RjDj has made a name for itself by producing mind-bending mobile audio experiences. All has been quiet from the company in the past few years but now it’s back with Hear, an iOS app it hopes will transform your relationship with the sounds around you.
The app requires headphones and is made up of seven scenes that affect audio around you in different ways. Some are practical (enhancing speech so you can hear it more clearly over background noise) while others are designed to just make the world sound more interesting and enjoyable.
The ‘Happy’ scene, for example, adds effects to the ambient sound around you to make it seem more ‘ecstatic.’ As I type these words, the sounds of my fingers on the keys is transformed into what sounds like a nearby stream of water, while the other occasional noises I hear, like alert noises from Slack or me coughing, add audio textures that make me feel like I’m working in a rain forest.
This video from RjDj gives you an idea of what to expect:
Hear is a return to the original vision for the company. “We kind of came back to the very first version of RjDj from 2008, back to the roots,” says CEO Michael Breidenbrücker. “It’s some of the original filters and scenes with an up-to-date interface.
“The vision behind RjDj has always been to deliver very immersive acoustic experiences. However, after the initial release of the RjDj app we saw that the concept was attractive to a niche market and we wanted to expand the market by moving into a more musical direction. That worked and we saw 1 million downloads in the first week of Inception – The App in 2012.”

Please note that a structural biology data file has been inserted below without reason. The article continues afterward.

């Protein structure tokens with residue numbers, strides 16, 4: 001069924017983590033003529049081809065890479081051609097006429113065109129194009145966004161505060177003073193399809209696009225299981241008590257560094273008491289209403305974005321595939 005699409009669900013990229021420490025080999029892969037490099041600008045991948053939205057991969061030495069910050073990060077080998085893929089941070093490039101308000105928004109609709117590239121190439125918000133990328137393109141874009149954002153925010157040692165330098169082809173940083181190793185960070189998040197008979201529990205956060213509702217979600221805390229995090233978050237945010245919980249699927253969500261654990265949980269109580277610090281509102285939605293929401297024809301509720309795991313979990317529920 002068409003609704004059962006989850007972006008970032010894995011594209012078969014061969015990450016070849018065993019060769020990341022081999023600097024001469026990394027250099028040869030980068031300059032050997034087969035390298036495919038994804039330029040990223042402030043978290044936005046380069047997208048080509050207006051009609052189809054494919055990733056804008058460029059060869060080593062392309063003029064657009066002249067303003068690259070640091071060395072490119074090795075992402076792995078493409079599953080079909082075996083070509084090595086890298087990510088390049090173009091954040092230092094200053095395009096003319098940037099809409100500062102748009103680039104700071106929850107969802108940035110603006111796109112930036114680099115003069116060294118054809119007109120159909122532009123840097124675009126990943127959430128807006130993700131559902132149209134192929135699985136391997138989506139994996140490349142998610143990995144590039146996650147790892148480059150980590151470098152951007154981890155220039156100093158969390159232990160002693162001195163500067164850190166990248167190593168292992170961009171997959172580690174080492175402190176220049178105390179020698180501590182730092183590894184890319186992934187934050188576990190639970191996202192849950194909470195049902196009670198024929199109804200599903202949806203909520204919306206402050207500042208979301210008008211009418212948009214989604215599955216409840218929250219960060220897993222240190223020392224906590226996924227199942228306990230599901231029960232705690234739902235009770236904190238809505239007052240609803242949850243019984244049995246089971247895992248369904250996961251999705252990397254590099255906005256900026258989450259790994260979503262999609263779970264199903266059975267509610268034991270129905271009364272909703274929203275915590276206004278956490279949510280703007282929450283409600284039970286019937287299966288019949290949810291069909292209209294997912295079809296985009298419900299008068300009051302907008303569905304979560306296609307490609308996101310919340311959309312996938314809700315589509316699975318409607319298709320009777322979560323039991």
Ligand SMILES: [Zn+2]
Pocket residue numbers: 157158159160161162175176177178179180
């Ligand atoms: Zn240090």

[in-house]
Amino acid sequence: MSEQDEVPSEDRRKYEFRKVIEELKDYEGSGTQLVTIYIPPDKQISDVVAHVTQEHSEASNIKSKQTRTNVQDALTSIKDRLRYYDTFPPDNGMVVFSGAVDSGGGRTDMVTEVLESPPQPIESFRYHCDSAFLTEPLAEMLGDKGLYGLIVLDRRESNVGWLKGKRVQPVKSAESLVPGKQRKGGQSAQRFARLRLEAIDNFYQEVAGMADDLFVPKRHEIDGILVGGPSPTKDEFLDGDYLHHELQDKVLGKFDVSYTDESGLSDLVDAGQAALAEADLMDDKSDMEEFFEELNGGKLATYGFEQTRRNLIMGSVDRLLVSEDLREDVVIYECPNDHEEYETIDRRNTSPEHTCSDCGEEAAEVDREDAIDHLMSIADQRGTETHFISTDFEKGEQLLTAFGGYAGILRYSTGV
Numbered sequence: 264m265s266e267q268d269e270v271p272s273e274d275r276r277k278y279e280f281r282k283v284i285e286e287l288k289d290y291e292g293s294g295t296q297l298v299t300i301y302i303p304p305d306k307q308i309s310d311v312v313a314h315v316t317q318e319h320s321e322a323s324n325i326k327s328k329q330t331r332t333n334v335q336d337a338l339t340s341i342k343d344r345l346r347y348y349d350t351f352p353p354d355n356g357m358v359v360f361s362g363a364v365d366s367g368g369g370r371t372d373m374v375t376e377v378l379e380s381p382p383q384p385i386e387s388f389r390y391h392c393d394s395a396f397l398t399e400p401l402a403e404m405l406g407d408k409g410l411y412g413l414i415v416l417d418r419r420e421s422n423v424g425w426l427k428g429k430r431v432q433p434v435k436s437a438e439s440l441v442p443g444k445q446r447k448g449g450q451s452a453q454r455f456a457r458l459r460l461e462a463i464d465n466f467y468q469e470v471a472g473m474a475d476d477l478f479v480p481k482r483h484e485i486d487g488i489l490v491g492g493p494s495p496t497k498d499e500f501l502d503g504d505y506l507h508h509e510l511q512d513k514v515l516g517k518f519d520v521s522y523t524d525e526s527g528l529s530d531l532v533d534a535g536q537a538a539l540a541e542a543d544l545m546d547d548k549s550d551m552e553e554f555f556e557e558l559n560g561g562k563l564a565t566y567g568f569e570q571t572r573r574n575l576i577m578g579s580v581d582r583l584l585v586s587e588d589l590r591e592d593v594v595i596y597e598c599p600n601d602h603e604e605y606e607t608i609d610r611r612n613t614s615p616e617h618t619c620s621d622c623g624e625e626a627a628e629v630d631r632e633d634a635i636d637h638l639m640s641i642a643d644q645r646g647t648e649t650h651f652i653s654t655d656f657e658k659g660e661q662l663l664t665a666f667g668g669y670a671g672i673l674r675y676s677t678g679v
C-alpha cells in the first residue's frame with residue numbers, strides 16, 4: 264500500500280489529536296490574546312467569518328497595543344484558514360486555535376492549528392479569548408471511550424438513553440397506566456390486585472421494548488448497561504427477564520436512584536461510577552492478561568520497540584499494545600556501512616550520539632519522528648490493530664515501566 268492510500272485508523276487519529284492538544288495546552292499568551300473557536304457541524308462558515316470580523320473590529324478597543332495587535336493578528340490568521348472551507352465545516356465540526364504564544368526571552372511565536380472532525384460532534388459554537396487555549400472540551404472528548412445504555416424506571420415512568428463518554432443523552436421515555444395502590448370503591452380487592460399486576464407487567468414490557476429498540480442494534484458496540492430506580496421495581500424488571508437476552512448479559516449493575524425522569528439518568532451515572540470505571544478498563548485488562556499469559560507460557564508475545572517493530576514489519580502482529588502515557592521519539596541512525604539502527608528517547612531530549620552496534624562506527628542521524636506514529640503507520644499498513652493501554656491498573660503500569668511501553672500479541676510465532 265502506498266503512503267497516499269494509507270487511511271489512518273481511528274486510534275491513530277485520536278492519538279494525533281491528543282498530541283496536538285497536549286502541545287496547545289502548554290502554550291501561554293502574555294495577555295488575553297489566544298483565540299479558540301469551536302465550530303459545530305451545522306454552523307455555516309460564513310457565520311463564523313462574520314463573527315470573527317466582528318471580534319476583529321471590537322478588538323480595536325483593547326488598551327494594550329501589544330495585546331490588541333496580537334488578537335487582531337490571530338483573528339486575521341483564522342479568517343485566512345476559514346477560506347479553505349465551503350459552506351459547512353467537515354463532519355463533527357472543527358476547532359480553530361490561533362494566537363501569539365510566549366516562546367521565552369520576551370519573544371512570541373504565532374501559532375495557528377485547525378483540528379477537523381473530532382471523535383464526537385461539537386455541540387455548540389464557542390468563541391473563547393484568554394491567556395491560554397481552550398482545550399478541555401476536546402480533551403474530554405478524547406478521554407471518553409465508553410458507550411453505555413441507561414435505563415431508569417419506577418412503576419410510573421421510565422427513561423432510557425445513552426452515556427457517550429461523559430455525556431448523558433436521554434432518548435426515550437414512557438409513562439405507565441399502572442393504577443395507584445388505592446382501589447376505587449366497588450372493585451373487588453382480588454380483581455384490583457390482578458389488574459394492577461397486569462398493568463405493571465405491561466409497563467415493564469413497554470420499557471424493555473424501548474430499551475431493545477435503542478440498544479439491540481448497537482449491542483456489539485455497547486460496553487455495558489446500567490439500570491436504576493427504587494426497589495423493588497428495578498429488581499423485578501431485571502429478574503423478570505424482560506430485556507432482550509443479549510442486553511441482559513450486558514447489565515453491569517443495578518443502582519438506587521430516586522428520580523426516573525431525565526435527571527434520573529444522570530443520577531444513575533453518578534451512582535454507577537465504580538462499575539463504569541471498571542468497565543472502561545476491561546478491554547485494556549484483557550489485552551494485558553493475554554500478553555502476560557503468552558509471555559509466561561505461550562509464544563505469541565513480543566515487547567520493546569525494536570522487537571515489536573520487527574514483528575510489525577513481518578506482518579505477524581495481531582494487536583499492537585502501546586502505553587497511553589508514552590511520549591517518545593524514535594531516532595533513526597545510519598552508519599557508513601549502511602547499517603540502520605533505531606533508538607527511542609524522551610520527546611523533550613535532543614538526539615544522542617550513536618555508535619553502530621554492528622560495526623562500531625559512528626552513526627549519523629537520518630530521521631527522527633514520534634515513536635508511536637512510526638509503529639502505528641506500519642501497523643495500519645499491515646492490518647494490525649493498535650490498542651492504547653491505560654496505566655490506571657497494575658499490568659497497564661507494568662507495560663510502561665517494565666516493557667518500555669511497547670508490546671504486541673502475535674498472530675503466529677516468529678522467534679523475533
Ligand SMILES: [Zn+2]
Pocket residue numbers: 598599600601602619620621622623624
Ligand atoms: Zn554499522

With hardware firms like Doppler Labs and Bragi receiving press attention over the past couple of years for in-ear devices that enhance the sound of the world around you, Breidenbrücker felt that it was time for a comeback.
In practice, Hear will either make perfect sense to you or you’ll fail to see the point. Personally, I like the idea of detaching myself from the world around me. The ‘Happy’ and ‘Office’ scenes seem particularly good for this, once I’ve tweaked the settings for each to my personal taste and spent a few minutes acclimatizing to what can initially be some pretty freaky sounds.
I’ve yet to try the Sleep scene properly, but I’d like to – it promises “the most deep and surreal dreams of your life.”
Hear is free to download and there are currently no plans to monetize it. “We mainly want to see if the concept works for our users,” says Breidenbrücker. “If it works, ultimately every headset will have to deliver this kind of experience and every headset will need an earOS. That could be us.”